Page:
The Securities and Exchange Commission has taken the unusual step of opposing what a court-appointed receiver is doing in the massive Ponzi case that involves companies owned by Robert Allen Stanford.
According to briefs and motions filed yesterday evening and released today, the SEC opposed actions taken by Stanford receiver Ralph Janvey to attempt to recover principal and interest from hundreds of Stanford victims who received payments of certificate of deposit principal from Stanford International Bank Ltd., a company in Antigua, West Indies, that was controlled by Mr. Stanford.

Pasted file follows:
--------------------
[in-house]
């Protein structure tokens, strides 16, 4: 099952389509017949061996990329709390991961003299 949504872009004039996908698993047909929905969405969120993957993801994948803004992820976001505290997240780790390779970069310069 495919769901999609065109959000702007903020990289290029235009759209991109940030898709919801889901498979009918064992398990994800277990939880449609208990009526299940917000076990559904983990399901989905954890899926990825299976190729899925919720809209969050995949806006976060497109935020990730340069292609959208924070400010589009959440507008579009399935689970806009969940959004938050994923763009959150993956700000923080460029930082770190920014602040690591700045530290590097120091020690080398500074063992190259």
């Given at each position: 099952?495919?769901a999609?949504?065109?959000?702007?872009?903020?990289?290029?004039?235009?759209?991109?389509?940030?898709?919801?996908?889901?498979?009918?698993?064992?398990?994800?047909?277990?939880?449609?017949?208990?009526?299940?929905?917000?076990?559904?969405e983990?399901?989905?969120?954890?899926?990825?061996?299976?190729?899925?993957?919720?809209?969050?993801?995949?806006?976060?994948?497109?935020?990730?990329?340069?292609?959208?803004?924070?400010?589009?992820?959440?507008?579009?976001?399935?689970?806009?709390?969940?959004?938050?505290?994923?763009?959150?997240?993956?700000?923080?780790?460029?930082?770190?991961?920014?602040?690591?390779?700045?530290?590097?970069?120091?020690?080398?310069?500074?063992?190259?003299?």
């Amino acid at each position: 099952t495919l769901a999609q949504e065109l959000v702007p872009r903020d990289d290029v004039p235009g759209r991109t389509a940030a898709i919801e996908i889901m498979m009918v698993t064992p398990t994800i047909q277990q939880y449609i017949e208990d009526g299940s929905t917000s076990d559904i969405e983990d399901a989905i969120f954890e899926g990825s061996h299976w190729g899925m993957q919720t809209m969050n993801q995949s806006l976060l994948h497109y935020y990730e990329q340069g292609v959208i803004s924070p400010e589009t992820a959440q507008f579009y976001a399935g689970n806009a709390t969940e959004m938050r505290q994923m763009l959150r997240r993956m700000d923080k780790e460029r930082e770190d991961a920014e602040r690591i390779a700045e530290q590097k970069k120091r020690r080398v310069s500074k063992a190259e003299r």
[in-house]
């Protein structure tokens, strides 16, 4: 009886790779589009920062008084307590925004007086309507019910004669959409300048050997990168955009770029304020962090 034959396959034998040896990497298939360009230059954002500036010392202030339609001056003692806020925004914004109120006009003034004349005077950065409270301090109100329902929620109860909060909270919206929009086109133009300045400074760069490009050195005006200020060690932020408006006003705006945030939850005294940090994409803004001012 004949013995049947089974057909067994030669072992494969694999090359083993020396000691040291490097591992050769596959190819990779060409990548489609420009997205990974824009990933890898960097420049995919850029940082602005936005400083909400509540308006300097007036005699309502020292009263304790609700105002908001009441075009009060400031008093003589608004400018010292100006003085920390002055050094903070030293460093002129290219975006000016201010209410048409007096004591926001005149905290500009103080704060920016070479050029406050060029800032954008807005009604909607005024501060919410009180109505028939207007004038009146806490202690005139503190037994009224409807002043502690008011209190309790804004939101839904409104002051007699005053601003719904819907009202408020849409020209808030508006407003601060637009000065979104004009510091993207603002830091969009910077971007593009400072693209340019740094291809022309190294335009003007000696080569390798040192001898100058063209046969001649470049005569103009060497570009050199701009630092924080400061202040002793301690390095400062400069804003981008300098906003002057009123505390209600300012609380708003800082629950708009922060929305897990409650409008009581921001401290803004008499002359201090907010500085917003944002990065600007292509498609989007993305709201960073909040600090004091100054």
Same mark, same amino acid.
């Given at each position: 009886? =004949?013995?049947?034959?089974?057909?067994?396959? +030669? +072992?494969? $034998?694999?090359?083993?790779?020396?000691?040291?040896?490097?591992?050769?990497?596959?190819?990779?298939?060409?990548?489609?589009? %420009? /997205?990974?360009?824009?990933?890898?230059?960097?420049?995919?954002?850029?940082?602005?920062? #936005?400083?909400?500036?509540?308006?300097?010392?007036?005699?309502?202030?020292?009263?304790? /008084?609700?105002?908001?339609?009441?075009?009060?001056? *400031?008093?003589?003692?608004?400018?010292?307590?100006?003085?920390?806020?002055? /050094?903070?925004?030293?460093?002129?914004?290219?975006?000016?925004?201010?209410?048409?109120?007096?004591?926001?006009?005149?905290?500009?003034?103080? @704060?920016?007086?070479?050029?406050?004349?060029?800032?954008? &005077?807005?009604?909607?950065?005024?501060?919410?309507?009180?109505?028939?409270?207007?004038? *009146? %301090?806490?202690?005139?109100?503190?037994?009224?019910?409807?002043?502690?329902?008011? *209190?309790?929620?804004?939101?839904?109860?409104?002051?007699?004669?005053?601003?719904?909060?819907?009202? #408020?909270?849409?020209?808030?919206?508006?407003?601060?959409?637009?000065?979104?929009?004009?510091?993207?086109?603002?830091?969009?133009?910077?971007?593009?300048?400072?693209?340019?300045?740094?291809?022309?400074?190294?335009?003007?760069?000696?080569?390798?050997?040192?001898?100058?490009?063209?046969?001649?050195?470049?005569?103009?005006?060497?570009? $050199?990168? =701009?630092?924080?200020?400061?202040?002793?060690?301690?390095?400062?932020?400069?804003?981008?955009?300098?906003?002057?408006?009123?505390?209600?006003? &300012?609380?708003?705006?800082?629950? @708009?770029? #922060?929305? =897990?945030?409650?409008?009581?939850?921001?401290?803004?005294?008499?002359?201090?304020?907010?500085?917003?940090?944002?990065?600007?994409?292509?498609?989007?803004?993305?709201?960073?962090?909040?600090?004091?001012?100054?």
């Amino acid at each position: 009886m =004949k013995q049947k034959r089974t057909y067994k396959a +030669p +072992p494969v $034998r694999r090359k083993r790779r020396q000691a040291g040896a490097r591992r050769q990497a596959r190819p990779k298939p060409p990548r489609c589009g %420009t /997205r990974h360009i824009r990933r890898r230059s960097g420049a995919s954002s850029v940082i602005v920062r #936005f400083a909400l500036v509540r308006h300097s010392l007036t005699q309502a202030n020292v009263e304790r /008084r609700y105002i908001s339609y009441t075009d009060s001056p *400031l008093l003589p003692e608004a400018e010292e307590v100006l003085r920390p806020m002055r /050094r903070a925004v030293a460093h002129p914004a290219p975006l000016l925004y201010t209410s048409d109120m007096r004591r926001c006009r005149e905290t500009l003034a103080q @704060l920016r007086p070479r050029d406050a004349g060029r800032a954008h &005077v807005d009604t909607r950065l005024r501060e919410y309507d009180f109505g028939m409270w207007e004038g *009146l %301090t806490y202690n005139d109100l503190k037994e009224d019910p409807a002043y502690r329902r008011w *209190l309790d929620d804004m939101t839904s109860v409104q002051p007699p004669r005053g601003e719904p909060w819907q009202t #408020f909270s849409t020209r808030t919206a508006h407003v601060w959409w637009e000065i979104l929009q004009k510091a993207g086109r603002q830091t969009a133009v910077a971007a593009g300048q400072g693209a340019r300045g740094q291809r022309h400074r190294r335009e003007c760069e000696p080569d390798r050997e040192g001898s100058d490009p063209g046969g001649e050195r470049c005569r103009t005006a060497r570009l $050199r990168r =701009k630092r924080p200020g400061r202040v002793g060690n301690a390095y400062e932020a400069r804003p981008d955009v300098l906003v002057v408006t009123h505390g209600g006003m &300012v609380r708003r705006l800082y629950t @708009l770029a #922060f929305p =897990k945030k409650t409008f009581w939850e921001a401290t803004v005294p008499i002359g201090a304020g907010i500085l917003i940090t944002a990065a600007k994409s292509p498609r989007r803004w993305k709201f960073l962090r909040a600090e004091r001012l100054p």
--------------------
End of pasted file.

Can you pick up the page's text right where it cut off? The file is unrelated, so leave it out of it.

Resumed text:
“The receiver’s claim to recover principal lack statutory and case law support, and it would be inequitable to require the innocent investors to repay these amounts,” the SEC said in briefs filed with the 5th U.S. Circuit Court of Appeals in New Orleans.
Thousands of other investors, including those outside the court’s jurisdiction, have received principal payments from Stanford International Bank, the SEC said in a release.
“It would be unfair to make this small subset of admittedly innocent investors return the funds they invested, or even litigate, while thousands of similarly situated investors are not pursued,” the SEC said.
Calls to Mr. Janvey, who is also a partner in Krage & Janvey LLP, a law firm based in Dallas, were not returned.